Published On : Sat, Jul 18th, 2015

Bajrangi Bhaijaan : Movie Review by Prashen H. Kyawal

Bajrangi Bhaijaan : A Salman Khan Film does a PK

banjrangibhaijanSalman Khan films rarely have something called as story. His films rest on his strong shoulders and rely on his charisma. Once in 2-3 years, he gets a good script and which rejuvenates his career for 2-3 years more so that he can dole out the other average stuff. After Jaaneman and Dabangg, here comes another movie from Salman with “some” story. Being an Eid bonanza, this is critic proof and sure to rock he blockbuster but how does it fair on the Cinema scale? Let’s see.

Bajrani Bhaijaan is about a mute girl, Shahida aka Munni (baby Harshaali Malhotra) from Pakistan who gets departed from her Mother (Meher Vij) when she is taken pilgrimage to Hazrat Nizamuddin Dargah in Delhi. She finds a saviour in the kind hearted and caring Hanuman Bhakt, Pawan Chaturvedi aka Bajrangi (Salman Khan) at some Delhi mohalla. She follows him and he can not leave her alone.

Bajrangi takes her to police who ask him to take care of her till her parents are found. As Munni can not speak, it becomes hard for him to know exactly about from where she is. Twists and turns happen so that Bajrangi decides to take Munni to Pakistan himself and reunite her with her parents. He crosses the border illegally (but with permission :p ) and what happens after that is entertaining enough to book tickets for this movie.

Story by Vijayendra Prasad is interesting. The good thing is it is converted into a good screenplay (though it falters in the first half) by Vijayendra Prasad, Kabir Khan and Parveez Sheikh.. The movie grips the audience from the start frame itself till Bajrangi starts telling his story. It is a stale love story between him and Kareena Kapoor with total thanda chemistry. The first half is entertaining and gripping in parts but looses the hold at many places. The film actually gets into momentum after interval and drags the audience through emotional ups and downs with good laughter. Dialogues by Kausar Munir are good.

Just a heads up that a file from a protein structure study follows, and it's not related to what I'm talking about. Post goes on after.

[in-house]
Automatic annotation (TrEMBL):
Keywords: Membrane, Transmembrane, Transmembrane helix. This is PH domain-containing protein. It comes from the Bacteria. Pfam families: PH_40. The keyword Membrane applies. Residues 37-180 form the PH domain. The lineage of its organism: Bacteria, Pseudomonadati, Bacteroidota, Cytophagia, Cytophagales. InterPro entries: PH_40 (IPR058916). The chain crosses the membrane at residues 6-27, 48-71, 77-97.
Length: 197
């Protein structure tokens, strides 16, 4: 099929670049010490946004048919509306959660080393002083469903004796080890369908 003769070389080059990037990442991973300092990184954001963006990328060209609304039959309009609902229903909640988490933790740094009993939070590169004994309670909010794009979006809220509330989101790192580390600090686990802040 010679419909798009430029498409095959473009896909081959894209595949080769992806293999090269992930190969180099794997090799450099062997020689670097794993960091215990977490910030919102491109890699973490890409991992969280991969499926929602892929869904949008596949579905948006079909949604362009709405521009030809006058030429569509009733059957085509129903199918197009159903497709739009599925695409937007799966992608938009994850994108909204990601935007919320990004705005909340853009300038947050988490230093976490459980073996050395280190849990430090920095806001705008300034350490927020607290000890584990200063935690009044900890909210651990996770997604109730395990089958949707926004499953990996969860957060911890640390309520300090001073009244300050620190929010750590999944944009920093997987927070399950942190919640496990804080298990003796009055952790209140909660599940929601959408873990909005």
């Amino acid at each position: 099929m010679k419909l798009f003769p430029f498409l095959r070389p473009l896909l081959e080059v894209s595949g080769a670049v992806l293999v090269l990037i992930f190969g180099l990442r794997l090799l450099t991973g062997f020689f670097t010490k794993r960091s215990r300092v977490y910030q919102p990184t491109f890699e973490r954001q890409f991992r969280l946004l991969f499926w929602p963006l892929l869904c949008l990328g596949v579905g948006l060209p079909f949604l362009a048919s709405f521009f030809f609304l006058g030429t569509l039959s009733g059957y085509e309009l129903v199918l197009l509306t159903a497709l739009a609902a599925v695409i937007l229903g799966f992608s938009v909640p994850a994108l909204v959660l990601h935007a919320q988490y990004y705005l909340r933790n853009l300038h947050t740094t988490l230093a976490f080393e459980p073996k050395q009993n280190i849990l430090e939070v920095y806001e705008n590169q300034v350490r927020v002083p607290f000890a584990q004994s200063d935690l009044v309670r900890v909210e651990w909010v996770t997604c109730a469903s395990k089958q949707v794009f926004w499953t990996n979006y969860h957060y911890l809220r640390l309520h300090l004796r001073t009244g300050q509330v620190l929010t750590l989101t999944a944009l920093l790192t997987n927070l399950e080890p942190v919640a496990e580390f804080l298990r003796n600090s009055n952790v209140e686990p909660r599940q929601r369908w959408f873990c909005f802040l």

Director Kabir Khan has a commercially growing graph which is exponentially opposite to quality of his cinema. A career which started with a promising “Kabul Express”, with fairly good movie “New York” and reached to the blockbuster but lacklustre “Ek Tha Tiger”. But Bajrangi Bhaijaan is good enough to redeem his cinematic sins as he gets back to good old story telling without any Bhai(gi)mmicks and really touches the heart of the audience.

There are many shots and scenes which can be applauded for its cinematic brilliance and aesthetics; like the sequence when Munni departs from her mother. No doubt there is melodrama and stretched scenes but as the heart of the movie is at right place, it does connect with the audience. Kabir Khan is able to deliver the typical Bollywood movie where audience whistles, claps, laughs and sheds tears. Such movies come rarely and thanks Kabir Khan for that.

Salman Khan restrained himself and let the vision of the Director and core of the story take shape by not letting his larger than life image harm the innocence and simplicity of the story. There may be a lot of people who will complain that this is not a typical Salman Bhai type movie but at the end of the day it works for the movie. Salman’s role is so subdued that barring the sequence at the brothel it his typical heroism does not appear again. In fact in second half, the author backed role of the super talented Nawazuddin Siddiqi completely takes over the movie. He gets more whistles, claps and laughs than Bhai and rightly so. Nawazuddin steals the show.

Baby Harshaali Malhotra is the real star of this movie along with Nawazuddin. It is because of her even the staunch religiously orthodox audience will identify with whatever Salman does for her. Meher Vij who plays her mother is equally good. Om Puri is nice in his small role. All other cast lend their able support to the movie thus proving casting by Mukesh Chchabra is on the spot.

The only forgettable performance is by Kareena Kapoor. She does not get anything to do except look at Salman with love and amusement.

Technically the movie is top notch. The movie itself starts with breathtaking beauty of Kashmir captured by Aseem Mishra Production design by Rajnish Hedao (a Nagpurian) is superb. Film Editing by Rameshwar S. Bhagat could have been better. Pritam Chakraborty’s music is pleasing but not huge chartbuster. Background music by Julius Packiam is very effective.

At the end, Bajrangi Bhaijaan is Salmans take on PK type narrative. Like Rajkumar Hirani uses the complete truthness of the Alien and his unbiased outer view to demonstrate the obvious disparities and contradictions in the society, here the Bhajrang Bali bhakt Bhaijaan brings to fore how we are all limited by our own narrow views about other religion and even the enemy country, Pakistan.

In this movie, there is no too bad villain. Everyone is good hearted and many things turn melodramatic (like the dialogue by Pakistani Police Inspector in the pre-climax portion). But at the end of if a movie touches the audience heart and makes them emotional and happy as they exit out of the auditorium, what more one can ask from a movie?

Recommendation : Do watch this emotional entertaining story of good hearted people on both side of the Indo-Pak border. Go with your friends and family and don’t forget the carry hand kerchief.